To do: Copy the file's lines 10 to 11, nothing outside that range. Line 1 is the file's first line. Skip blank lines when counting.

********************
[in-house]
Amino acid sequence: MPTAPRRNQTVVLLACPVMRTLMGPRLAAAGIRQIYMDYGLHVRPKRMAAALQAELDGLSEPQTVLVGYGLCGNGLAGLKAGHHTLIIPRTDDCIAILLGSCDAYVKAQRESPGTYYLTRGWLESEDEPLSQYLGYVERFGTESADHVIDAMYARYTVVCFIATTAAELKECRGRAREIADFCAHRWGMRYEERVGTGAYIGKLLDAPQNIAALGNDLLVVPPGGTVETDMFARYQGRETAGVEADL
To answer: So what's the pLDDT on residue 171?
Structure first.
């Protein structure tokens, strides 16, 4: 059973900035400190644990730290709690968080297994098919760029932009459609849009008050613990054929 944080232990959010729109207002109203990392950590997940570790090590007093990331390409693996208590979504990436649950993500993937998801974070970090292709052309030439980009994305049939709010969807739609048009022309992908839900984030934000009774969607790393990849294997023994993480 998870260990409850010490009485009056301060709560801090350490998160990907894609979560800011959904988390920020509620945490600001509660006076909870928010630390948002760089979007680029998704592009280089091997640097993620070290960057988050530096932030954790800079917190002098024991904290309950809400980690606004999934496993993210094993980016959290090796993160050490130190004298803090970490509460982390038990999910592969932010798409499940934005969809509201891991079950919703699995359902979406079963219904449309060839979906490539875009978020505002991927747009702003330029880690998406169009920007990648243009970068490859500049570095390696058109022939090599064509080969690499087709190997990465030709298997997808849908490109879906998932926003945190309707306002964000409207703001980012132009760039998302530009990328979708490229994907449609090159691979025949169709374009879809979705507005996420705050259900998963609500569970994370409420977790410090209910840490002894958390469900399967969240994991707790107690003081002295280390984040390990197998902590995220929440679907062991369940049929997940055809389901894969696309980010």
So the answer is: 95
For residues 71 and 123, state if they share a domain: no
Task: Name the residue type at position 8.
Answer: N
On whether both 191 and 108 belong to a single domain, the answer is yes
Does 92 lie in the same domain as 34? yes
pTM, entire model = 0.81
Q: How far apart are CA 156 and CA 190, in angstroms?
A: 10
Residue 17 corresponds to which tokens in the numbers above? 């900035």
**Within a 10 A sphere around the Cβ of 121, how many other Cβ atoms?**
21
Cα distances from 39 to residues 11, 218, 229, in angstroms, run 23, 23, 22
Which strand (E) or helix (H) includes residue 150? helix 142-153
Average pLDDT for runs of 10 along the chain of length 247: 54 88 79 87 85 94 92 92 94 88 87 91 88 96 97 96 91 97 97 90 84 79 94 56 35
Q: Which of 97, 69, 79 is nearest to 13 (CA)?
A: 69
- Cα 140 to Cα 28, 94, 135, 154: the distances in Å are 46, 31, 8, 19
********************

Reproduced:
On whether both 191 and 108 belong to a single domain, the answer is yes
Does 92 lie in the same domain as 34? yes